While there are plenty of older folks who do little more than complain, online writing platforms have allowed many more of us to express the truths of being female, for example, and the prices we paid ten, twenty, fifty years ago. All too often they are the same or similar to what young women today are facing. Like, abortion rights and body autonomy, sexual assault.

There is terrific grace possible in aging well. That of course is why I do what I do and then write about it. I'm trying to find that myself.

That said, social media or no social media through which to share our various generational grievances, how do we stay relevant to one another, old young and in-between?

Let's just leave out, for good reason, anything that includes "young people today." The second it's uttered, the rest becomes forgettable.  Likely such comments or thoughts arise out of being chided for being too old or out-of-date. Then, of course, we prove that we ARE too old or out of date by being defensive about it.

There has been a pattern for me which has worked, for what it's worth. As a child growing up in bluebird-heavy, tourist-infested Central Florida and Florida in general, I was always surrounded by grey hairs. Hell, my parents were mostly on their way to grey when my brother and I were on our way.

When I was barely seventeen I befriended a woman in her early fifties, who was ridiculously gorgeous and fashion-conscious. I watched her fall madly in love late in life, then struggle with menopause, about which her partner was quite cruel. Those were instructive chapters. I lost track of her, which is my fault. I am sad I failed to follow her to her final journey.

There have always been older women around my life. The older men all too often slipped over the line into lechery, mistaking my daughterly interest in them as a sexual come-on. I found that both disturbing and disappointing, if consistent. Yet still I found that the variety of the experiences, the richness of the stories those people told me most certainly added value to the decisions I made early on. And helped me dream.

Popova writes:

She (Harrison) notes that while there is often great friction between the young and the old, this friction can, “if rightly understood and considerately handled on both sides, take the form of mutual stimulus and attraction” — for it most often springs from a lack of understanding of each other’s state of being and frame of reference. (author bolded)

For this reason, I continue to cultivate relationships across generations, cultures, religions, all of it. I read articles and comments by a broad swath of folks. Some I virulently disagree with but their thoughts are important especially when they reflect the thinking of many of those much younger than I am.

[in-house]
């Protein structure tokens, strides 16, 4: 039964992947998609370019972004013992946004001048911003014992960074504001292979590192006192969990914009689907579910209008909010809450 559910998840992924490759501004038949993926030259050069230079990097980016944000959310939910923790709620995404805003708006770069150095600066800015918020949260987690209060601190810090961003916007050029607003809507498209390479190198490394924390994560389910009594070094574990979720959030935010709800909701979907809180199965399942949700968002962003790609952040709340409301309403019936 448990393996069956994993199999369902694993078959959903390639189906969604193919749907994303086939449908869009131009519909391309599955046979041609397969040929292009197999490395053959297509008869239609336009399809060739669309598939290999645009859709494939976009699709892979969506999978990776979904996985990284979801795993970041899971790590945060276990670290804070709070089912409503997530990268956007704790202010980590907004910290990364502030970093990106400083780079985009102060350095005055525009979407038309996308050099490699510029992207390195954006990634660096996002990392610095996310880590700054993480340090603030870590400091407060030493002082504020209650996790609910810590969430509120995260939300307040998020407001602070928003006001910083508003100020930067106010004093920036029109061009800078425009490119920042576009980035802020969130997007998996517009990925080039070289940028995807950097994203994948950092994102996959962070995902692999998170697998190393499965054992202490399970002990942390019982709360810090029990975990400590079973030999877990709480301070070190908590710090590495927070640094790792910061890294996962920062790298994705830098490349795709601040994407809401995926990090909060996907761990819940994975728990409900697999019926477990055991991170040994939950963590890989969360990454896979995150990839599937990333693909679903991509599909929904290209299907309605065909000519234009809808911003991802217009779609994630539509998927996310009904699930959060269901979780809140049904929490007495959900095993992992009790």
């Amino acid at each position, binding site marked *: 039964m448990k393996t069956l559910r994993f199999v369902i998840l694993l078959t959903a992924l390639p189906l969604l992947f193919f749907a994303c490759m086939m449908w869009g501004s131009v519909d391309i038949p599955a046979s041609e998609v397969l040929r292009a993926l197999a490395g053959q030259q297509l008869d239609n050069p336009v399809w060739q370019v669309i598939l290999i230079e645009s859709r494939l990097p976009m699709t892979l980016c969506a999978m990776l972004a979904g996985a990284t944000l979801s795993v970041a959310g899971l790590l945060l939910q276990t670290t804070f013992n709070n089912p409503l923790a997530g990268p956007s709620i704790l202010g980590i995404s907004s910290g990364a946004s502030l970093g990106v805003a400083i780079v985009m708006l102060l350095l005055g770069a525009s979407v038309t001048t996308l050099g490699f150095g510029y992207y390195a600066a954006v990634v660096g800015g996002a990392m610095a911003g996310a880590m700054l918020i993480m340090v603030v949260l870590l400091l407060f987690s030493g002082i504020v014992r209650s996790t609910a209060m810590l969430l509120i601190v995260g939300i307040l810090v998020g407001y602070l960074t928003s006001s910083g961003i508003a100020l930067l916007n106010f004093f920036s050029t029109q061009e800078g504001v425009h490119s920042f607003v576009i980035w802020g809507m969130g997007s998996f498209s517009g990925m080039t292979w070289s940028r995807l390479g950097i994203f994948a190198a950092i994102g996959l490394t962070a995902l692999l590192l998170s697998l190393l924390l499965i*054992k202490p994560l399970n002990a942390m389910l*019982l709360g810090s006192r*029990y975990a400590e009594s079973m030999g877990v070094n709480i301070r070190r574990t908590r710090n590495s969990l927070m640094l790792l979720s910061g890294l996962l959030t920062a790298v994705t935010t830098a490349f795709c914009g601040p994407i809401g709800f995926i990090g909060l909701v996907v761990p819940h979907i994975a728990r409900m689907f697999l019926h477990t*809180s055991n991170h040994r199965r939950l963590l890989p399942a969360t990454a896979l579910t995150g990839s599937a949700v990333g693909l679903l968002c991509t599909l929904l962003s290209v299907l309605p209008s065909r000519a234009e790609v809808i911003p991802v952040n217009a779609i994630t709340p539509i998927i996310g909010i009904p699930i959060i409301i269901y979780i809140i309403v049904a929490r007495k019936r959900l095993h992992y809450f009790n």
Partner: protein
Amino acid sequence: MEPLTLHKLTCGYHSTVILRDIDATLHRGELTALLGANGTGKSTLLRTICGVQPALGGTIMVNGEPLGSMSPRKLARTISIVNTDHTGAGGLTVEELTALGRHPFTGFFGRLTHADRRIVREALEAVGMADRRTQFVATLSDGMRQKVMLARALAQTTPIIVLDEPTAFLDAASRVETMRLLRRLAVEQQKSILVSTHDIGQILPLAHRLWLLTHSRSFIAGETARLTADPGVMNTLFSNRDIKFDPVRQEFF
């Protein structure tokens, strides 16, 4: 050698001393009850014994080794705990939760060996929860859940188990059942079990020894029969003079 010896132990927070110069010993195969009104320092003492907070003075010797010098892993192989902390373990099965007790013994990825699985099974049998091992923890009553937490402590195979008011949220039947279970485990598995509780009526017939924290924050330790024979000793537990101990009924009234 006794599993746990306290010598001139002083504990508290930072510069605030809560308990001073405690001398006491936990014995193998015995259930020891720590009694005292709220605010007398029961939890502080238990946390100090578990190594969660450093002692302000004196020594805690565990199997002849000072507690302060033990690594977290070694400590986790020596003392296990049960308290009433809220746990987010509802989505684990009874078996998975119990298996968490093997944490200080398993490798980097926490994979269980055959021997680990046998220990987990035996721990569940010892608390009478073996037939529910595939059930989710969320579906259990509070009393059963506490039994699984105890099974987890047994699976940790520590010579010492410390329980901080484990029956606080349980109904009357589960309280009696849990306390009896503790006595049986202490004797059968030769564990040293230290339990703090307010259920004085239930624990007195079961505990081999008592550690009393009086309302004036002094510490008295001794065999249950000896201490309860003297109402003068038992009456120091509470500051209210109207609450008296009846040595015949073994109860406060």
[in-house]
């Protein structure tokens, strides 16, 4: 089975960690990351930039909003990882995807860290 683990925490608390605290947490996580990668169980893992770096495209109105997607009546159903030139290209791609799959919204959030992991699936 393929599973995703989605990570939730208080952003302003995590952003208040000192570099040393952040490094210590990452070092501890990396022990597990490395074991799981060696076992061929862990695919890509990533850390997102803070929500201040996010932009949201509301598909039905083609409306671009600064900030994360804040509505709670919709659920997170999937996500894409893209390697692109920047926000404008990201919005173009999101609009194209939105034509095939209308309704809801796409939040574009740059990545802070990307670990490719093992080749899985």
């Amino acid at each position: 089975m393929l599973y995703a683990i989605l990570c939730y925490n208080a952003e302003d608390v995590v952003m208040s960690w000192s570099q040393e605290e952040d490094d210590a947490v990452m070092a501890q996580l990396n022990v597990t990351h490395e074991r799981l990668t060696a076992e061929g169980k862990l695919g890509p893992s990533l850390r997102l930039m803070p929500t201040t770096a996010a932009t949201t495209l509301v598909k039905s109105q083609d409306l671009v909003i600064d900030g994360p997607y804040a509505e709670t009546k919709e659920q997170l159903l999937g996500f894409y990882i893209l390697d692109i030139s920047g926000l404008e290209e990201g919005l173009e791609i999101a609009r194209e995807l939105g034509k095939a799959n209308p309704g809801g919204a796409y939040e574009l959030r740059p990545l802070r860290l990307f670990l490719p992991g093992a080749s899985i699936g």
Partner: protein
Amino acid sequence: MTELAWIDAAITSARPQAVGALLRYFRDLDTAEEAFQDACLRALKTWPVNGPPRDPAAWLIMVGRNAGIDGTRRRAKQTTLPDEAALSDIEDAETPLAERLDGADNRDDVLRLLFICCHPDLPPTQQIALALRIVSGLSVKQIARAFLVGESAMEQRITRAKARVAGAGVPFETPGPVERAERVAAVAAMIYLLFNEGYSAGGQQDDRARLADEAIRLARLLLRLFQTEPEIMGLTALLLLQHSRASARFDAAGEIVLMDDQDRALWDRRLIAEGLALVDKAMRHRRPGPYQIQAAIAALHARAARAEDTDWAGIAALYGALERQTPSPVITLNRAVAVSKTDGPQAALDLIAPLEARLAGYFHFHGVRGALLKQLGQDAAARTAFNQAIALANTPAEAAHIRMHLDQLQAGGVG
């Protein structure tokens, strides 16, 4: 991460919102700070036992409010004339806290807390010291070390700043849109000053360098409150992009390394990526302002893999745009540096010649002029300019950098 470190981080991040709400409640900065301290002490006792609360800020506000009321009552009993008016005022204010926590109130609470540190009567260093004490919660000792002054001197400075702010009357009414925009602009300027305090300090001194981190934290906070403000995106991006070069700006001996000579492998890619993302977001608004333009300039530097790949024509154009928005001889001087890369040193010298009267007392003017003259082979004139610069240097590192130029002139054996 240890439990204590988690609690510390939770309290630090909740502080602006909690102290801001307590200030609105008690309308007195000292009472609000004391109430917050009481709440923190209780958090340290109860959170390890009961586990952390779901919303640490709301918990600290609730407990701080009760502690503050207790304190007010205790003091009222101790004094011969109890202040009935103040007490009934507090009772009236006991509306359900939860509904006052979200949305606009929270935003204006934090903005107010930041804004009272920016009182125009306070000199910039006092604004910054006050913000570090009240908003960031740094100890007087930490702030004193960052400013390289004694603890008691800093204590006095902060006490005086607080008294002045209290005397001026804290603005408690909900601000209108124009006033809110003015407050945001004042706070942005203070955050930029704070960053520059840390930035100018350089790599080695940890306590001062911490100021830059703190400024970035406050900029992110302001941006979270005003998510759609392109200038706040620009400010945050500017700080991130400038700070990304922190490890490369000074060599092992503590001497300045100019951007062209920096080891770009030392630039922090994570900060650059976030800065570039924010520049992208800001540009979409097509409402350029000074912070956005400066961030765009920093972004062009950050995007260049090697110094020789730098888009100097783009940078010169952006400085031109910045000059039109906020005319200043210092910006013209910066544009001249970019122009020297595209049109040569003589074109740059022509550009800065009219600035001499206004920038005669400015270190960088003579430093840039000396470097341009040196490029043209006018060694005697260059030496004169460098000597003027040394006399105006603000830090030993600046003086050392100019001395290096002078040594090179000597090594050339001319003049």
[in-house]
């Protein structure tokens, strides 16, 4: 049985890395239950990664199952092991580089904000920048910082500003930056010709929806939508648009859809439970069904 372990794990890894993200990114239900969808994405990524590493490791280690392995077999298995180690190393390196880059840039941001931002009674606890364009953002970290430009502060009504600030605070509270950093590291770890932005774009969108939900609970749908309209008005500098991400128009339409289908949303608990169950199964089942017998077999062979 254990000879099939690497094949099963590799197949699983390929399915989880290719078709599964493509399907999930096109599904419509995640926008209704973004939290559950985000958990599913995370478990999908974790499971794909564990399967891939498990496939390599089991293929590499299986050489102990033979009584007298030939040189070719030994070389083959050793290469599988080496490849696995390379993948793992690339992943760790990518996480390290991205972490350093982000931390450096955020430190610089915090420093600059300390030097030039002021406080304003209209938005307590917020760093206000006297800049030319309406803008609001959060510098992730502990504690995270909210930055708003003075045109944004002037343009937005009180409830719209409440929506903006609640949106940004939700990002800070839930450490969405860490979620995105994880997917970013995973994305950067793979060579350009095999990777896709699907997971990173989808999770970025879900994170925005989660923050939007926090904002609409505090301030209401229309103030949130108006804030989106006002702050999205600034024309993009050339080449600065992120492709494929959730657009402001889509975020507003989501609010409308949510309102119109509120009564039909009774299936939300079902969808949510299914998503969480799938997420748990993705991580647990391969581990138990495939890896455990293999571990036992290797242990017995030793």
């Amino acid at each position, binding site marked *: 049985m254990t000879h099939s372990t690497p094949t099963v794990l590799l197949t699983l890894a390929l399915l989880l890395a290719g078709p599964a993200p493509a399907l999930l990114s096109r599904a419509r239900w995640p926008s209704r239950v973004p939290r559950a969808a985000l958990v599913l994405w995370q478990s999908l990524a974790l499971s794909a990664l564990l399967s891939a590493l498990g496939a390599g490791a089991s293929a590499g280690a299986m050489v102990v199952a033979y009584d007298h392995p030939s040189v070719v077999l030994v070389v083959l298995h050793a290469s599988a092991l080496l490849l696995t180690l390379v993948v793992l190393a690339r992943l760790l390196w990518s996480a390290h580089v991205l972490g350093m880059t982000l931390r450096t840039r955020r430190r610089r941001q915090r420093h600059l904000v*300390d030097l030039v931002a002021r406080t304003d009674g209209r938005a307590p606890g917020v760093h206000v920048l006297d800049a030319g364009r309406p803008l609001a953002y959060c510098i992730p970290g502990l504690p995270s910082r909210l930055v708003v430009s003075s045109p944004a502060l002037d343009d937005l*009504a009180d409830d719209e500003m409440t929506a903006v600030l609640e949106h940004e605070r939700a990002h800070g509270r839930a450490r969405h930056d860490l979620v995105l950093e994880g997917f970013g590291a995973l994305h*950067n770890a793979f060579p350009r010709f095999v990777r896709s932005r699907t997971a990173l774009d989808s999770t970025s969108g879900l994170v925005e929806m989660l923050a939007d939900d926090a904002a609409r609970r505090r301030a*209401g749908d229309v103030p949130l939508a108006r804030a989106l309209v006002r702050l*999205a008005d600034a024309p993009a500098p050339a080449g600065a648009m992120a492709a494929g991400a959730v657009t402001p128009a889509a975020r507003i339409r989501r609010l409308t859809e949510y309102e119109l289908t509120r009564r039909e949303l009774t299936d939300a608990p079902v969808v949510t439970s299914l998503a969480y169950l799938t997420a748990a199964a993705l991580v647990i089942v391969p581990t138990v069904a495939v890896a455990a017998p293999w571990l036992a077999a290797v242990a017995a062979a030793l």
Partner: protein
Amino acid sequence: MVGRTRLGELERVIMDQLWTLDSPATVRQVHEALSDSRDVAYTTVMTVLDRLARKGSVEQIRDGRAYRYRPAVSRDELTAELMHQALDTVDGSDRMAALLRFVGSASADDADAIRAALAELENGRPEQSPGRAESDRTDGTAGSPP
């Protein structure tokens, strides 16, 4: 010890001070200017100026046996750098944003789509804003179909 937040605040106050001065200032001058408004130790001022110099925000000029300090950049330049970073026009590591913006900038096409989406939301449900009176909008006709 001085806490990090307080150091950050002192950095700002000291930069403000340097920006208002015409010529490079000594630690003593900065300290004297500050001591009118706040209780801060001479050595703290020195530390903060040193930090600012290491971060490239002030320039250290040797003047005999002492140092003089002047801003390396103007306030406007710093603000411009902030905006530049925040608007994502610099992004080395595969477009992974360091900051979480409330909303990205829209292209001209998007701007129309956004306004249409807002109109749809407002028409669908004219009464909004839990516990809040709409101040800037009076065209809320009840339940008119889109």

One of my closest friends is a Millennial, whose considered challenges to my sometimes thoughtless opinions are part of what not only keep me thinking but also keep me relevant. And while I am not averse to having gauntlets thrown down, it's how he goes about debating me that I admire the most.

Conversations among generations have ever been challenging. Youth claims agency where they most certainly don't yet have it -what Harrison refers to as "masquerading," of which I was most certainly guilty. It's part of what we trade off as we age into the self we can fulfill rather than the self we imagined.

Those of us who are older can envy what external youth and internal vivacity we might have lost. Then we may attack youth for, in effect, being us when we were that age and somehow are guilty of not knowing any better. We didn't either.

But now that we're older and perhaps DO know better, they should too, right? That is what can make us irrelevant. Being dispossessed of patience, empathy, compassion and above all, humor.

Wit wins a lot of hearts, particularly if it doesn't bear a bite with it. Being thought stupid or useless simply due to a number is uniquely insulting. Ageism goes both ways. The wholesale disregarding of a human being's ideas and reference points due to the crime of being over or under thirty is, well, silly. But it's a sport. I'm done playing it.

After I read through Popova's piece I winced to admit that a fair few of my earlier articles on Medium likely were laced with a certain superciliousness. I'm not proud of that. I got lots of likes, which is an unfortunate invitation to write more along those lines. Bashing Boomers also gets a lot of likes, so people do what pays.